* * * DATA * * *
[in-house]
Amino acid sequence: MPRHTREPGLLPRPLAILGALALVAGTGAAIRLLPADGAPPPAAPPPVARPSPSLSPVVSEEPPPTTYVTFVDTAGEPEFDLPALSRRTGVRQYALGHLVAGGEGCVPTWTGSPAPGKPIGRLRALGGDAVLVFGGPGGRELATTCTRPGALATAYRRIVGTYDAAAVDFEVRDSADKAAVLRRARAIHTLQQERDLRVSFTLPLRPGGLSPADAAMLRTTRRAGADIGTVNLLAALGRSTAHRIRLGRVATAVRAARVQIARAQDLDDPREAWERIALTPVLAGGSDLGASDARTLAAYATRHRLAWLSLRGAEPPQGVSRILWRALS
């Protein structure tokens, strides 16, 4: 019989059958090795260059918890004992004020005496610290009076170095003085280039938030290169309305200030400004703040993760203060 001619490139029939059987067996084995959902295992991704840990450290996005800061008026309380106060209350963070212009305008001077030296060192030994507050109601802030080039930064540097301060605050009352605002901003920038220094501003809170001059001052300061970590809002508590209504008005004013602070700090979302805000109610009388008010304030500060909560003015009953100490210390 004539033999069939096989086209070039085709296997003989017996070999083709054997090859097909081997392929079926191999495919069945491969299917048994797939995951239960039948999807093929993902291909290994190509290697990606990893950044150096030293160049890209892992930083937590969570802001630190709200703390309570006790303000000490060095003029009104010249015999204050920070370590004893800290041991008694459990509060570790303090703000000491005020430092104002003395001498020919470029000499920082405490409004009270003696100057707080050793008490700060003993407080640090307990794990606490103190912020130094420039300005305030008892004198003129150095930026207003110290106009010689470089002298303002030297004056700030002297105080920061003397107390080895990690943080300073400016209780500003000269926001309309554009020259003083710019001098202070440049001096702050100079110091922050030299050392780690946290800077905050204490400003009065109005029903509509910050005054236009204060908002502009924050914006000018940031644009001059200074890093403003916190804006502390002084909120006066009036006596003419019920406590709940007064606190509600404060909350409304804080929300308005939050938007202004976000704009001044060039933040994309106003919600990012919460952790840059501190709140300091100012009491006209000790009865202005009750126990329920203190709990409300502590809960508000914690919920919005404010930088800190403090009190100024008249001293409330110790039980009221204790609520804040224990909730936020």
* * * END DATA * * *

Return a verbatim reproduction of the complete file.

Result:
[in-house]
Amino acid sequence: MPRHTREPGLLPRPLAILGALALVAGTGAAIRLLPADGAPPPAAPPPVARPSPSLSPVVSEEPPPTTYVTFVDTAGEPEFDLPALSRRTGVRQYALGHLVAGGEGCVPTWTGSPAPGKPIGRLRALGGDAVLVFGGPGGRELATTCTRPGALATAYRRIVGTYDAAAVDFEVRDSADKAAVLRRARAIHTLQQERDLRVSFTLPLRPGGLSPADAAMLRTTRRAGADIGTVNLLAALGRSTAHRIRLGRVATAVRAARVQIARAQDLDDPREAWERIALTPVLAGGSDLGASDARTLAAYATRHRLAWLSLRGAEPPQGVSRILWRALS
């Protein structure tokens, strides 16, 4: 019989059958090795260059918890004992004020005496610290009076170095003085280039938030290169309305200030400004703040993760203060 001619490139029939059987067996084995959902295992991704840990450290996005800061008026309380106060209350963070212009305008001077030296060192030994507050109601802030080039930064540097301060605050009352605002901003920038220094501003809170001059001052300061970590809002508590209504008005004013602070700090979302805000109610009388008010304030500060909560003015009953100490210390 004539033999069939096989086209070039085709296997003989017996070999083709054997090859097909081997392929079926191999495919069945491969299917048994797939995951239960039948999807093929993902291909290994190509290697990606990893950044150096030293160049890209892992930083937590969570802001630190709200703390309570006790303000000490060095003029009104010249015999204050920070370590004893800290041991008694459990509060570790303090703000000491005020430092104002003395001498020919470029000499920082405490409004009270003696100057707080050793008490700060003993407080640090307990794990606490103190912020130094420039300005305030008892004198003129150095930026207003110290106009010689470089002298303002030297004056700030002297105080920061003397107390080895990690943080300073400016209780500003000269926001309309554009020259003083710019001098202070440049001096702050100079110091922050030299050392780690946290800077905050204490400003009065109005029903509509910050005054236009204060908002502009924050914006000018940031644009001059200074890093403003916190804006502390002084909120006066009036006596003419019920406590709940007064606190509600404060909350409304804080929300308005939050938007202004976000704009001044060039933040994309106003919600990012919460952790840059501190709140300091100012009491006209000790009865202005009750126990329920203190709990409300502590809960508000914690919920919005404010930088800190403090009190100024008249001293409330110790039980009221204790609520804040224990909730936020």